Mr Grayling warned he no longer wanted to see prisoners "sitting in cells watching the Sunday afternoon match of Sky Sports" or viewing jail as a place to "enjoy".
Pledging action on the "completely unacceptable" use of mobile phones in prison, he said: "I want to be a tough Justice Secretary."
Mr Grayling, who replaced Kenneth Clarke at the Ministry of Justice in the cabinet reshuffle earlier this month, said he also had no intention of cutting prisoner numbers.
He said he did not want inmates to enjoy prison, telling a newspaper the criminal justice system needed to be one in which the public could have confidence.
He said: ''I'm bringing a fresh pair of eyes to the job. I'm very mindful of the need to have a criminal justice system in which people have confidence. I think they very often don't have confidence in it.''
Mr Grayling told the Daily Mail: ''Prison is not meant to be a place that people enjoy being in. I don't (want to) see prisoners in this country sitting in cells watching the Sunday afternoon match on Sky Sports.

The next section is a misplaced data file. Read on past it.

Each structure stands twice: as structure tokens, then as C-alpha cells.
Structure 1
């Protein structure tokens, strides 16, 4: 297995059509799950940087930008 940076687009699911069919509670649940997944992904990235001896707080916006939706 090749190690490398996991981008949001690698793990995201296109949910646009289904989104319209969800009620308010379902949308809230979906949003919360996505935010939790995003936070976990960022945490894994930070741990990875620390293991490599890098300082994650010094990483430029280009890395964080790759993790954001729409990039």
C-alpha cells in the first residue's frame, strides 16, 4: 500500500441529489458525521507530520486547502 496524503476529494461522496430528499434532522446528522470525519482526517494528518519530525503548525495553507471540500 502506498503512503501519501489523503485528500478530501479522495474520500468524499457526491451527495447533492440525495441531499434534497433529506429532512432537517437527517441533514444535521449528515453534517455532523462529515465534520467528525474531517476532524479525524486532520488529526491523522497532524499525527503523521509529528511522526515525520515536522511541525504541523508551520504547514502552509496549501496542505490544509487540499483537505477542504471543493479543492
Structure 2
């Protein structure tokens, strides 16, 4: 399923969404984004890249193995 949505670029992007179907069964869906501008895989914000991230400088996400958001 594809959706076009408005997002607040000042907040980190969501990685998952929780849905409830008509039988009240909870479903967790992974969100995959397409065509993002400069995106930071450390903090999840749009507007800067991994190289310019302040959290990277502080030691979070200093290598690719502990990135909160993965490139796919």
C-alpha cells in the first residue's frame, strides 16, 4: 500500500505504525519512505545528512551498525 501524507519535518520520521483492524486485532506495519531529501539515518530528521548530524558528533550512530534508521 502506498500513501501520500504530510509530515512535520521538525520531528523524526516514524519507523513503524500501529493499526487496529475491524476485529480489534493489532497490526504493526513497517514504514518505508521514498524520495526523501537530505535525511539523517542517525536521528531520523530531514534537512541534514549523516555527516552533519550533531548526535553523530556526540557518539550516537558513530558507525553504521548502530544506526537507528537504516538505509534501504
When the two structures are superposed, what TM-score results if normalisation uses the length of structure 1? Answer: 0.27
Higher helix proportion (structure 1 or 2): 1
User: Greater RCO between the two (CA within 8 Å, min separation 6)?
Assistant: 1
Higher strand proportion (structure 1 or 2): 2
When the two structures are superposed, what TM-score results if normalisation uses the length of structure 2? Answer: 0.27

''Am I planning to reduce the number of prison places? No I'm not. I do not want to set a target to reduce the prison population.
''What I do want to do is bring down the cost of prison. The whole philosophy I will bring to the department is getting more for less.''
Mr Clarke had been a thorn in the side of the Tory right, who saw him as a soft justice secretary, who oversaw the scrapping of indeterminate sentences for the most serious offenders, while at the same time apparently embarking on policies aimed at reducing prison numbers.
The decision by Prime Minister David Cameron to appoint Mr Grayling to the brief was seen as a nod to the Conservative right, who have long seen a tough justice system as central plank of any Tory agenda.
But his tough stance on prison numbers, Mr Grayling said he was supportive of Mr Clarke's policies to rehabilitate inmates.
Private firms could be paid according to results, he said, in a nod to a policy introduced by Mr Clarke.
And he also promised to bring an end to the stalking of victims by inmates using social media after they have successfully smuggled mobile phones in to prison.
''It's completely unacceptable,'' he said. ''I've talked to victims of crime who are effectively being stalked by the person who attacked them.
'It is the case that mobile phones are smuggled into prisons. We have powers to take tough action on that front, blocking signals, other ways of clamping down on it.''